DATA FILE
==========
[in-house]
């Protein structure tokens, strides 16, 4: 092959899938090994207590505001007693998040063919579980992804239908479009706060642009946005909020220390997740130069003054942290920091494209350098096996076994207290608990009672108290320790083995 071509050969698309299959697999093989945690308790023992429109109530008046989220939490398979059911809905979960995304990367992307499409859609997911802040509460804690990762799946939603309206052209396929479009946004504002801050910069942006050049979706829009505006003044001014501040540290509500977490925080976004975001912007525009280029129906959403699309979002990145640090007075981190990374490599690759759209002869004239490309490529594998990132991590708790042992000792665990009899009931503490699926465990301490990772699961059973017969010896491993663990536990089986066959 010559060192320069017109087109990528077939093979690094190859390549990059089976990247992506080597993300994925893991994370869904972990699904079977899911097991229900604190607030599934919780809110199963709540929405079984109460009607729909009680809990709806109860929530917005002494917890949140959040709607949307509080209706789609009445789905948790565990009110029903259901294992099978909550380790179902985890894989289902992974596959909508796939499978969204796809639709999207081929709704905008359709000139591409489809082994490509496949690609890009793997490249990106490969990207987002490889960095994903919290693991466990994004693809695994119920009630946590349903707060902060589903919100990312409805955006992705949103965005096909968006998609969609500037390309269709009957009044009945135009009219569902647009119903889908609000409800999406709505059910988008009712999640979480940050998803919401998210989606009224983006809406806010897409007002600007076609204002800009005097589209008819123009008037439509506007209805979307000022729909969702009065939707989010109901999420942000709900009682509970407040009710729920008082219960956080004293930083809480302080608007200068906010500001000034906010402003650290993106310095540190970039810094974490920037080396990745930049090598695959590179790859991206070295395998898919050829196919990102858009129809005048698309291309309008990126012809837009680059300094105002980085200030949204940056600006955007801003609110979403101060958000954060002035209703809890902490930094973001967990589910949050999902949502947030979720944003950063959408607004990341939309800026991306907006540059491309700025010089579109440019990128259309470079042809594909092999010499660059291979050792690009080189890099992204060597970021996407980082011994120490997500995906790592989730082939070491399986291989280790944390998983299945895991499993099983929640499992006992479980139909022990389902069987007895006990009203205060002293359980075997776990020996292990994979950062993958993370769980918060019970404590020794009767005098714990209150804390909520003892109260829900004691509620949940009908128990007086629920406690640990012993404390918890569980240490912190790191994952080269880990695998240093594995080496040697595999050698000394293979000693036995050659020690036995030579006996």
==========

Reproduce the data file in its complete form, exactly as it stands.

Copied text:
[in-house]
């Protein structure tokens, strides 16, 4: 092959899938090994207590505001007693998040063919579980992804239908479009706060642009946005909020220390997740130069003054942290920091494209350098096996076994207290608990009672108290320790083995 071509050969698309299959697999093989945690308790023992429109109530008046989220939490398979059911809905979960995304990367992307499409859609997911802040509460804690990762799946939603309206052209396929479009946004504002801050910069942006050049979706829009505006003044001014501040540290509500977490925080976004975001912007525009280029129906959403699309979002990145640090007075981190990374490599690759759209002869004239490309490529594998990132991590708790042992000792665990009899009931503490699926465990301490990772699961059973017969010896491993663990536990089986066959 010559060192320069017109087109990528077939093979690094190859390549990059089976990247992506080597993300994925893991994370869904972990699904079977899911097991229900604190607030599934919780809110199963709540929405079984109460009607729909009680809990709806109860929530917005002494917890949140959040709607949307509080209706789609009445789905948790565990009110029903259901294992099978909550380790179902985890894989289902992974596959909508796939499978969204796809639709999207081929709704905008359709000139591409489809082994490509496949690609890009793997490249990106490969990207987002490889960095994903919290693991466990994004693809695994119920009630946590349903707060902060589903919100990312409805955006992705949103965005096909968006998609969609500037390309269709009957009044009945135009009219569902647009119903889908609000409800999406709505059910988008009712999640979480940050998803919401998210989606009224983006809406806010897409007002600007076609204002800009005097589209008819123009008037439509506007209805979307000022729909969702009065939707989010109901999420942000709900009682509970407040009710729920008082219960956080004293930083809480302080608007200068906010500001000034906010402003650290993106310095540190970039810094974490920037080396990745930049090598695959590179790859991206070295395998898919050829196919990102858009129809005048698309291309309008990126012809837009680059300094105002980085200030949204940056600006955007801003609110979403101060958000954060002035209703809890902490930094973001967990589910949050999902949502947030979720944003950063959408607004990341939309800026991306907006540059491309700025010089579109440019990128259309470079042809594909092999010499660059291979050792690009080189890099992204060597970021996407980082011994120490997500995906790592989730082939070491399986291989280790944390998983299945895991499993099983929640499992006992479980139909022990389902069987007895006990009203205060002293359980075997776990020996292990994979950062993958993370769980918060019970404590020794009767005098714990209150804390909520003892109260829900004691509620949940009908128990007086629920406690640990012993404390918890569980240490912190790191994952080269880990695998240093594995080496040697595999050698000394293979000693036995050659020690036995030579006996």